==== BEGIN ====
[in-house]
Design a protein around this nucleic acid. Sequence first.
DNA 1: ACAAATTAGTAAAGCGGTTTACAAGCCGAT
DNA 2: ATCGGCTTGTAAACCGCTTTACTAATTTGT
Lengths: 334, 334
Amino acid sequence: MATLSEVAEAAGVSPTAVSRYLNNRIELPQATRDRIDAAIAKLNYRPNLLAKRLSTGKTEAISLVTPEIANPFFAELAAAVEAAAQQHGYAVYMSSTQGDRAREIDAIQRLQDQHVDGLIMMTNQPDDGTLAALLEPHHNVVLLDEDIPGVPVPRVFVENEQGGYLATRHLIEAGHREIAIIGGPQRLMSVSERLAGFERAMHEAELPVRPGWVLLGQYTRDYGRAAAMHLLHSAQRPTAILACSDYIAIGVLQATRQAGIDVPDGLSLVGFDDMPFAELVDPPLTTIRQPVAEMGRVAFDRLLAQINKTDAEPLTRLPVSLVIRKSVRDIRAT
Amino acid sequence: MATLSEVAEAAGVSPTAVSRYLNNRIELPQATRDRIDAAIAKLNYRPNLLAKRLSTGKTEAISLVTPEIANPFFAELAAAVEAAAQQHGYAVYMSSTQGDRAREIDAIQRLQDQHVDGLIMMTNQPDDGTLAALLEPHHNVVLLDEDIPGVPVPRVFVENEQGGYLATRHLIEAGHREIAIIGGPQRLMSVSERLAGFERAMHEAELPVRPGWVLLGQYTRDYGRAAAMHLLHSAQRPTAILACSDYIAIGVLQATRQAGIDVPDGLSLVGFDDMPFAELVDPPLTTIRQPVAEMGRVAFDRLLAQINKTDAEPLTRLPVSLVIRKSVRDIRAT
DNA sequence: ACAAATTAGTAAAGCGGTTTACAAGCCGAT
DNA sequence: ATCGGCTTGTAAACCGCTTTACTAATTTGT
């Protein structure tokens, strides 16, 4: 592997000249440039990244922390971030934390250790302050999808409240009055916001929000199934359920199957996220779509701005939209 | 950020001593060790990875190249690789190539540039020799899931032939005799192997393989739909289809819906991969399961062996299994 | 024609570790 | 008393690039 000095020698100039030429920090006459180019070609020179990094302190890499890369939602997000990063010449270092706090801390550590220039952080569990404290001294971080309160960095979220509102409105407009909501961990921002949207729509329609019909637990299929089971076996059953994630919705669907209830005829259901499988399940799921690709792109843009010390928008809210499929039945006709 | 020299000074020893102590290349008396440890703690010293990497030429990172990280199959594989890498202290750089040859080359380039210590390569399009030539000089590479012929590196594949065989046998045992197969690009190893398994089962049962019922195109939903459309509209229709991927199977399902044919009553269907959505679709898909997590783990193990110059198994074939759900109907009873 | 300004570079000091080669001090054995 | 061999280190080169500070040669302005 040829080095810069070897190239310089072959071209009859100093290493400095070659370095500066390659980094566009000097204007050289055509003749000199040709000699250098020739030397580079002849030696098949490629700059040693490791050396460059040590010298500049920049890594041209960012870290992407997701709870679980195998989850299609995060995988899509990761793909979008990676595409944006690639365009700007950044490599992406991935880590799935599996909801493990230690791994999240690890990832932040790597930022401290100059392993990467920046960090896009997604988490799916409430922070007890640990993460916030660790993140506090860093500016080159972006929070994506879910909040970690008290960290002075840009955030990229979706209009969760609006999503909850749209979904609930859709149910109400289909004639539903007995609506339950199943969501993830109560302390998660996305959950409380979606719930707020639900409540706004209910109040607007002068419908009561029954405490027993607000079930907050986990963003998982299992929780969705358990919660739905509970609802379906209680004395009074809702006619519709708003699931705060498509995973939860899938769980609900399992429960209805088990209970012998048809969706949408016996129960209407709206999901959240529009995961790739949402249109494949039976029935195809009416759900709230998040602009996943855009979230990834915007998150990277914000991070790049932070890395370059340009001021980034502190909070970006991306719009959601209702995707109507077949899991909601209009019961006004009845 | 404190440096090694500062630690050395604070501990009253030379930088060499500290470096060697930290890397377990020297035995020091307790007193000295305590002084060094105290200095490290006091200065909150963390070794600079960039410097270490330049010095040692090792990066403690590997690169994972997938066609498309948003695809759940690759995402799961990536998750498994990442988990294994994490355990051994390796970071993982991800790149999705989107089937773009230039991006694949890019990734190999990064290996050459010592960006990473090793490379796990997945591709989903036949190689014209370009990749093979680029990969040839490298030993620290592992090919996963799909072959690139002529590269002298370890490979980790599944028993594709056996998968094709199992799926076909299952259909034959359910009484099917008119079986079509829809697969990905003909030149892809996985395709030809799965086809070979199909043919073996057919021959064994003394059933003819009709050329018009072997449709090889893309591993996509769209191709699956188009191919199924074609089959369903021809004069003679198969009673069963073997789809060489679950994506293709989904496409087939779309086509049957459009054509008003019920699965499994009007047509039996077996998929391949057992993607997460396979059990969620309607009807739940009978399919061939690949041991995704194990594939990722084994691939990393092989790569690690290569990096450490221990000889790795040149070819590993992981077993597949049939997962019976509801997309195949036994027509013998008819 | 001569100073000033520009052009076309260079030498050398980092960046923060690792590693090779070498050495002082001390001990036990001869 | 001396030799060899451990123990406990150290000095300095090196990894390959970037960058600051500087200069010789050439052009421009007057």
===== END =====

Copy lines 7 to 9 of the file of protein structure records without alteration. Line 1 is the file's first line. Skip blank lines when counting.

Amino acid sequence: MATLSEVAEAAGVSPTAVSRYLNNRIELPQATRDRIDAAIAKLNYRPNLLAKRLSTGKTEAISLVTPEIANPFFAELAAAVEAAAQQHGYAVYMSSTQGDRAREIDAIQRLQDQHVDGLIMMTNQPDDGTLAALLEPHHNVVLLDEDIPGVPVPRVFVENEQGGYLATRHLIEAGHREIAIIGGPQRLMSVSERLAGFERAMHEAELPVRPGWVLLGQYTRDYGRAAAMHLLHSAQRPTAILACSDYIAIGVLQATRQAGIDVPDGLSLVGFDDMPFAELVDPPLTTIRQPVAEMGRVAFDRLLAQINKTDAEPLTRLPVSLVIRKSVRDIRAT
DNA sequence: ACAAATTAGTAAAGCGGTTTACAAGCCGAT
DNA sequence: ATCGGCTTGTAAACCGCTTTACTAATTTGT